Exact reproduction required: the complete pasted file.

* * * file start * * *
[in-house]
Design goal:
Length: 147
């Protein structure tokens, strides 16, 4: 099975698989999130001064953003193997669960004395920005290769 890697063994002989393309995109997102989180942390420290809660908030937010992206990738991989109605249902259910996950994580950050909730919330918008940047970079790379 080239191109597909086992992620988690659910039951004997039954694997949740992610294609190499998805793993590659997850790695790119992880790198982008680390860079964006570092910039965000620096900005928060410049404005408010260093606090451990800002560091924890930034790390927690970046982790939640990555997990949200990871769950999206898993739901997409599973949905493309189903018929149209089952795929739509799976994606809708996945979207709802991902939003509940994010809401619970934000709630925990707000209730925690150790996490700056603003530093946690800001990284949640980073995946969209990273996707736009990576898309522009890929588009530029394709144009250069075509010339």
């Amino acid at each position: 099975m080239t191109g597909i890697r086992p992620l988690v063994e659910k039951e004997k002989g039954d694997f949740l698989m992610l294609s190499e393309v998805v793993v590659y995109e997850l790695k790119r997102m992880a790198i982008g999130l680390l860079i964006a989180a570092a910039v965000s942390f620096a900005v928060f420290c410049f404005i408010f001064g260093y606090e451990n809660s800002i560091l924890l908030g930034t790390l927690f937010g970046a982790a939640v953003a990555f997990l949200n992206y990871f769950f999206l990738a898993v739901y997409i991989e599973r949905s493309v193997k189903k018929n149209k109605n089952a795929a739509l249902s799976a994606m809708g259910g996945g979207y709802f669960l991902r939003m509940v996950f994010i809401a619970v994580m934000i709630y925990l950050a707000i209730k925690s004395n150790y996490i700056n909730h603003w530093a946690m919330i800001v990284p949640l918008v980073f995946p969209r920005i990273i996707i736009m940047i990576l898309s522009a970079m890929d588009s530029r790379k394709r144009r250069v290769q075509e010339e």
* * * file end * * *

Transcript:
[in-house]
Design goal:
Length: 147
């Protein structure tokens, strides 16, 4: 099975698989999130001064953003193997669960004395920005290769 890697063994002989393309995109997102989180942390420290809660908030937010992206990738991989109605249902259910996950994580950050909730919330918008940047970079790379 080239191109597909086992992620988690659910039951004997039954694997949740992610294609190499998805793993590659997850790695790119992880790198982008680390860079964006570092910039965000620096900005928060410049404005408010260093606090451990800002560091924890930034790390927690970046982790939640990555997990949200990871769950999206898993739901997409599973949905493309189903018929149209089952795929739509799976994606809708996945979207709802991902939003509940994010809401619970934000709630925990707000209730925690150790996490700056603003530093946690800001990284949640980073995946969209990273996707736009990576898309522009890929588009530029394709144009250069075509010339």
């Amino acid at each position: 099975m080239t191109g597909i890697r086992p992620l988690v063994e659910k039951e004997k002989g039954d694997f949740l698989m992610l294609s190499e393309v998805v793993v590659y995109e997850l790695k790119r997102m992880a790198i982008g999130l680390l860079i964006a989180a570092a910039v965000s942390f620096a900005v928060f420290c410049f404005i408010f001064g260093y606090e451990n809660s800002i560091l924890l908030g930034t790390l927690f937010g970046a982790a939640v953003a990555f997990l949200n992206y990871f769950f999206l990738a898993v739901y997409i991989e599973r949905s493309v193997k189903k018929n149209k109605n089952a795929a739509l249902s799976a994606m809708g259910g996945g979207y709802f669960l991902r939003m509940v996950f994010i809401a619970v994580m934000i709630y925990l950050a707000i209730k925690s004395n150790y996490i700056n909730h603003w530093a946690m919330i800001v990284p949640l918008v980073f995946p969209r920005i990273i996707i736009m940047i990576l898309s522009a970079m890929d588009s530029r790379k394709r144009r250069v290769q075509e010339e």